The History of Tax Deferred Exchanging
Tax deferred exchanging has been around a long while. In fact in some form, it has been with us since the 1920s. However, the difficulty associated with completing an exchange from then up until the late seventies, was directly related to those issues which arose around having to complete every transaction simultaneously. That's right, up until the case law which came out of the Starker decisions, every exchange had to be done where all the transfers were completed on the same day. Not an easy task at all.
But what happended with the Starker situation was this: The Starker family sold some timberland to Crown Zellerbach. And, instead of receiving cash in the sale, they took a credit on the books of the company. Then, over the course of about five years, as the Starker family found replacement property they wanted, Crown Zellerbach would buy it and and have it deeded to them and applied against their credit on the company books.
Well, you can imagine that the Internal Revenue Service was unimpressed with this entire approach so they disallowed it and everything ended up in tax court. But interestingly enough, what actually arose from all the proceedingings was that the delayed exchange concept was upheld. Granted, not every single of the Starker transfers were found to be compliant. But enough were, so that for the period between the Starker case law rulings and 1984, delayed exchanges could actually be completed legitimately in the circuit which heard the original case.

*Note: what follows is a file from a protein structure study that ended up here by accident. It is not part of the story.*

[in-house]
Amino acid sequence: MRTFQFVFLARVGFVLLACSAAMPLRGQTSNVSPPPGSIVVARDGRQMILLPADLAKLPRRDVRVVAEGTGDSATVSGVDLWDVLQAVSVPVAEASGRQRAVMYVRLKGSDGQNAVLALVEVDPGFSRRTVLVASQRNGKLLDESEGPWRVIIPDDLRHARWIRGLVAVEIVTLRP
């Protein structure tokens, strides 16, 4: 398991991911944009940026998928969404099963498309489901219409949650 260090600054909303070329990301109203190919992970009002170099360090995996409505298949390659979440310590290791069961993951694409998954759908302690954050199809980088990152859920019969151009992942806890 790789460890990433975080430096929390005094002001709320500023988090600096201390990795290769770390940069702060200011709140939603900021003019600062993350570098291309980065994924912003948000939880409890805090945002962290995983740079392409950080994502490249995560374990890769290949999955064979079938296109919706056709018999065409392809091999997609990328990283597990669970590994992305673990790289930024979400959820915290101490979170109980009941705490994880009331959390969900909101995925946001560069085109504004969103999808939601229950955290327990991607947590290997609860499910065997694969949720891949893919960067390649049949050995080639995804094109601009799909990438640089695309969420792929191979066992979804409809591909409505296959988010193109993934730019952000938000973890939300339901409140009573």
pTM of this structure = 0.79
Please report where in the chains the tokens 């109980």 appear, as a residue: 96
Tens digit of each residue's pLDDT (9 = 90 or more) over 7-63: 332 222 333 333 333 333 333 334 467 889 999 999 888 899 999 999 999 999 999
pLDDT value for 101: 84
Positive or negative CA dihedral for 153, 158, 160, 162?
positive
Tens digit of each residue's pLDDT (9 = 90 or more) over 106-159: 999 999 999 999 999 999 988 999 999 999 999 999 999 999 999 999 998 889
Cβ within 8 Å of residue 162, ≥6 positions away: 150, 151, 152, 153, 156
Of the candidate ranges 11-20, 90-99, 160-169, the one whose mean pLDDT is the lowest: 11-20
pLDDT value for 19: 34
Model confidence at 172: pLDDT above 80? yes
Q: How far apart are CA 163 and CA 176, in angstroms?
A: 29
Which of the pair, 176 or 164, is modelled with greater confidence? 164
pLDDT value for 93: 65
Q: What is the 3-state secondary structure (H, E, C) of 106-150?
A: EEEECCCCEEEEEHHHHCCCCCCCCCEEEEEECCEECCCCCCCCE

Well obviously, if you no longer had to close everything simultaneously, you'd do a delayed or deferred exchange yourself. So naturally, exchange volume increased. In fact it increased to such an extent, that the Internal Revenue Service went ahead and codified delayed exchanging in 1984 simply in an effort to get some control around the whole process. For instance that's where our 180 day time frame and identification rules came from.
Since then we've gotten rules for reverse exchanges which make them easier to easier to complete as well as several Revenue Procedures and other forms of Guidance that deal with many other forms of exchanging. Everything from the programmed exchanging of fleets of cars and trucks to the partial exchange of assets which are influenced by various other sections of the Code.
But that's a little context or a little history of tax deferred exchanging.
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- Remember if you exchange out of state California will expect your filing.
- Submit your FTB Form 3840 every year until you have a taxable event.